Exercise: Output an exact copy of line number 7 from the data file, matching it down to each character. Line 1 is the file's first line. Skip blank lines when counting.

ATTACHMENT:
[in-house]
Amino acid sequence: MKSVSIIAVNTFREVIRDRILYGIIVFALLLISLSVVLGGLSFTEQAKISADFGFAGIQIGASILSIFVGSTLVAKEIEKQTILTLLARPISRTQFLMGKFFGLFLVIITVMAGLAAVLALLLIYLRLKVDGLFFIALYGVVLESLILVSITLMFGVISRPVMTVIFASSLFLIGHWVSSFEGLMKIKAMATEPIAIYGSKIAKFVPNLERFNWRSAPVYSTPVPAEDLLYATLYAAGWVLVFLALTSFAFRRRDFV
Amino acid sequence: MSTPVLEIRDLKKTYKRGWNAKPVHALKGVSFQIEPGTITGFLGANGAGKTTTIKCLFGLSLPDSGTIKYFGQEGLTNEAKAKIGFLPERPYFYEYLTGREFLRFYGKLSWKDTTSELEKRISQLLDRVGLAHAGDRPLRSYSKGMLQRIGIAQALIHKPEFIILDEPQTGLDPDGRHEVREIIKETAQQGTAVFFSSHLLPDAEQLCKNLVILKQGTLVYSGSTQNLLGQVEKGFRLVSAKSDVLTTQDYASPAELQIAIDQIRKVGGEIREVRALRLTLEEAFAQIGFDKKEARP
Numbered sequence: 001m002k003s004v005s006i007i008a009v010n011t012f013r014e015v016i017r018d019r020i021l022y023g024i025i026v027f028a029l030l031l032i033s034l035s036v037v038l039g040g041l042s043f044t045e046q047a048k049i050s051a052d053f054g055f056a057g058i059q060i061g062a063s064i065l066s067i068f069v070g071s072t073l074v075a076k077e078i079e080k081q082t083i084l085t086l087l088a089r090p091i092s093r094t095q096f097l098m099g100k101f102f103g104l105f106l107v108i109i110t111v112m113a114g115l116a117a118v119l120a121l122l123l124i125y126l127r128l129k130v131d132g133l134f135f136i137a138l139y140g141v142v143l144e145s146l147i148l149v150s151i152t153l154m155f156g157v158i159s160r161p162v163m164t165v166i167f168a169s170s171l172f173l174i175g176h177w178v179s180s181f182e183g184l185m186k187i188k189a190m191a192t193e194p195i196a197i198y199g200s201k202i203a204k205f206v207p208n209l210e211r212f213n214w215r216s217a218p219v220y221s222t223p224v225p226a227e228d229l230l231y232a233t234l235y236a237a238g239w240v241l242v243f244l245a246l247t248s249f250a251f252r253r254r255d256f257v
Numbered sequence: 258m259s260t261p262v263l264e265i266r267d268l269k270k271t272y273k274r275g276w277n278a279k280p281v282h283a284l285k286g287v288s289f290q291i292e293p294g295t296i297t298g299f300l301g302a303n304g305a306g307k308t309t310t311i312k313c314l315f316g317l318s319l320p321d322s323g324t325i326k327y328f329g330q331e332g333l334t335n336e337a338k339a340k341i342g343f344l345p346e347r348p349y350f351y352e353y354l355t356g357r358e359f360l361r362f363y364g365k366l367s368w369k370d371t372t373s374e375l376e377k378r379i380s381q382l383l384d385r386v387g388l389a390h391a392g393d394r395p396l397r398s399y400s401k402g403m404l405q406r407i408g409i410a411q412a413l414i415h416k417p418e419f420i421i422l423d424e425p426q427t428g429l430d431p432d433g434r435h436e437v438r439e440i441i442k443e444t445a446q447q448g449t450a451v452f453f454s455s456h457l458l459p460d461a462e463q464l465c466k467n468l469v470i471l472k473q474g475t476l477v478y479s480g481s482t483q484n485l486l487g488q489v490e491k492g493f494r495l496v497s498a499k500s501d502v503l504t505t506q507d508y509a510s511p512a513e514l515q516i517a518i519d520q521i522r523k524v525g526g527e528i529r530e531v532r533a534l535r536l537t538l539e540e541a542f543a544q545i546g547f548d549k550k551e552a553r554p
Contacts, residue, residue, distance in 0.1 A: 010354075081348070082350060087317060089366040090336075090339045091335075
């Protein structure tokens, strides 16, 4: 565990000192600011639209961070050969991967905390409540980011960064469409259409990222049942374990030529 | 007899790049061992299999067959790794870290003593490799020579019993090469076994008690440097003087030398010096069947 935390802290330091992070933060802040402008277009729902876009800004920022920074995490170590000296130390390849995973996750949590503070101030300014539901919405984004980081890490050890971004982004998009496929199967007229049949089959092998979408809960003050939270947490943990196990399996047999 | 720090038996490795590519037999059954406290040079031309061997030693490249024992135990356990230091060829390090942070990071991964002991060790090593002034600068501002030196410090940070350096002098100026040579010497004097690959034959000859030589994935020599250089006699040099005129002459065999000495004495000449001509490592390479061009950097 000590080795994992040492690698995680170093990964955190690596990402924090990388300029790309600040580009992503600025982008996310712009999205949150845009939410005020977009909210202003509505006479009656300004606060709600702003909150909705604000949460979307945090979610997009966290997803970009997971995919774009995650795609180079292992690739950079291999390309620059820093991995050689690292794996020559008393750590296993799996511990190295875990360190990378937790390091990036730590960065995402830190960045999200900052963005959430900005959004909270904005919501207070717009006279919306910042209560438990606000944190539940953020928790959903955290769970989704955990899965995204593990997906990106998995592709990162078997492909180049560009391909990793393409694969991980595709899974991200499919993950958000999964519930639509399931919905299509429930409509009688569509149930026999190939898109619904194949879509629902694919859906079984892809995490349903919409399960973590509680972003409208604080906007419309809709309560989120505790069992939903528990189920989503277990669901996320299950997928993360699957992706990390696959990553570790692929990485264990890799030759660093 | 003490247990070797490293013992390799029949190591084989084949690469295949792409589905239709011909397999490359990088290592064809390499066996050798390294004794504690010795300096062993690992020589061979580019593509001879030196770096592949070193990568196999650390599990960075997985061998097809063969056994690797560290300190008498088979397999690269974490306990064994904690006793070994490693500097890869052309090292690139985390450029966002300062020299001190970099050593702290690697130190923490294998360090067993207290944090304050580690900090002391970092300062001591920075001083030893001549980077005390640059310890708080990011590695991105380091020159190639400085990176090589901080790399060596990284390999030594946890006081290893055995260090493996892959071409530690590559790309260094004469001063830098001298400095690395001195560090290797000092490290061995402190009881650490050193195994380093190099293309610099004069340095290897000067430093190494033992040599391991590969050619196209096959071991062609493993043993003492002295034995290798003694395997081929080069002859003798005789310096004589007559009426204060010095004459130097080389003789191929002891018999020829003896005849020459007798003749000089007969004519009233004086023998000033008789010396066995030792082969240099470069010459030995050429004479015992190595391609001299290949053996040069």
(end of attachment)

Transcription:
């Protein structure tokens, strides 16, 4: 565990000192600011639209961070050969991967905390409540980011960064469409259409990222049942374990030529 | 007899790049061992299999067959790794870290003593490799020579019993090469076994008690440097003087030398010096069947 935390802290330091992070933060802040402008277009729902876009800004920022920074995490170590000296130390390849995973996750949590503070101030300014539901919405984004980081890490050890971004982004998009496929199967007229049949089959092998979408809960003050939270947490943990196990399996047999 | 720090038996490795590519037999059954406290040079031309061997030693490249024992135990356990230091060829390090942070990071991964002991060790090593002034600068501002030196410090940070350096002098100026040579010497004097690959034959000859030589994935020599250089006699040099005129002459065999000495004495000449001509490592390479061009950097 000590080795994992040492690698995680170093990964955190690596990402924090990388300029790309600040580009992503600025982008996310712009999205949150845009939410005020977009909210202003509505006479009656300004606060709600702003909150909705604000949460979307945090979610997009966290997803970009997971995919774009995650795609180079292992690739950079291999390309620059820093991995050689690292794996020559008393750590296993799996511990190295875990360190990378937790390091990036730590960065995402830190960045999200900052963005959430900005959004909270904005919501207070717009006279919306910042209560438990606000944190539940953020928790959903955290769970989704955990899965995204593990997906990106998995592709990162078997492909180049560009391909990793393409694969991980595709899974991200499919993950958000999964519930639509399931919905299509429930409509009688569509149930026999190939898109619904194949879509629902694919859906079984892809995490349903919409399960973590509680972003409208604080906007419309809709309560989120505790069992939903528990189920989503277990669901996320299950997928993360699957992706990390696959990553570790692929990485264990890799030759660093 | 003490247990070797490293013992390799029949190591084989084949690469295949792409589905239709011909397999490359990088290592064809390499066996050798390294004794504690010795300096062993690992020589061979580019593509001879030196770096592949070193990568196999650390599990960075997985061998097809063969056994690797560290300190008498088979397999690269974490306990064994904690006793070994490693500097890869052309090292690139985390450029966002300062020299001190970099050593702290690697130190923490294998360090067993207290944090304050580690900090002391970092300062001591920075001083030893001549980077005390640059310890708080990011590695991105380091020159190639400085990176090589901080790399060596990284390999030594946890006081290893055995260090493996892959071409530690590559790309260094004469001063830098001298400095690395001195560090290797000092490290061995402190009881650490050193195994380093190099293309610099004069340095290897000067430093190494033992040599391991590969050619196209096959071991062609493993043993003492002295034995290798003694395997081929080069002859003798005789310096004589007559009426204060010095004459130097080389003789191929002891018999020829003896005849020459007798003749000089007969004519009233004086023998000033008789010396066995030792082969240099470069010459030995050429004479015992190595391609001299290949053996040069």